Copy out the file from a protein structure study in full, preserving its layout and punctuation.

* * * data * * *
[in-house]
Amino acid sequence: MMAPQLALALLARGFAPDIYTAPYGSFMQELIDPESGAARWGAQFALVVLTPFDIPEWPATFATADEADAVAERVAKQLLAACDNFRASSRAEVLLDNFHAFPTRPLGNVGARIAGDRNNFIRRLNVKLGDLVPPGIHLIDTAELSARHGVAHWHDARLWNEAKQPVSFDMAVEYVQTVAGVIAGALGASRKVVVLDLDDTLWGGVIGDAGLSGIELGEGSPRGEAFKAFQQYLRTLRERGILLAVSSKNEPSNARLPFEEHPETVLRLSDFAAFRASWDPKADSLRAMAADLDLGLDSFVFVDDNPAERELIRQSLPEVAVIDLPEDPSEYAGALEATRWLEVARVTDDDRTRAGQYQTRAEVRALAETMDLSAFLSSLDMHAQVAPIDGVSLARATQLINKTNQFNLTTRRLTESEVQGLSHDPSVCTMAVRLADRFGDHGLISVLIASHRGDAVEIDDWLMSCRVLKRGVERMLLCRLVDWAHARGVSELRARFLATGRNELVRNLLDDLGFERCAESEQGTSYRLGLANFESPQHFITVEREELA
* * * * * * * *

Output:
[in-house]
Amino acid sequence: MMAPQLALALLARGFAPDIYTAPYGSFMQELIDPESGAARWGAQFALVVLTPFDIPEWPATFATADEADAVAERVAKQLLAACDNFRASSRAEVLLDNFHAFPTRPLGNVGARIAGDRNNFIRRLNVKLGDLVPPGIHLIDTAELSARHGVAHWHDARLWNEAKQPVSFDMAVEYVQTVAGVIAGALGASRKVVVLDLDDTLWGGVIGDAGLSGIELGEGSPRGEAFKAFQQYLRTLRERGILLAVSSKNEPSNARLPFEEHPETVLRLSDFAAFRASWDPKADSLRAMAADLDLGLDSFVFVDDNPAERELIRQSLPEVAVIDLPEDPSEYAGALEATRWLEVARVTDDDRTRAGQYQTRAEVRALAETMDLSAFLSSLDMHAQVAPIDGVSLARATQLINKTNQFNLTTRRLTESEVQGLSHDPSVCTMAVRLADRFGDHGLISVLIASHRGDAVEIDDWLMSCRVLKRGVERMLLCRLVDWAHARGVSELRARFLATGRNELVRNLLDDLGFERCAESEQGTSYRLGLANFESPQHFITVEREELA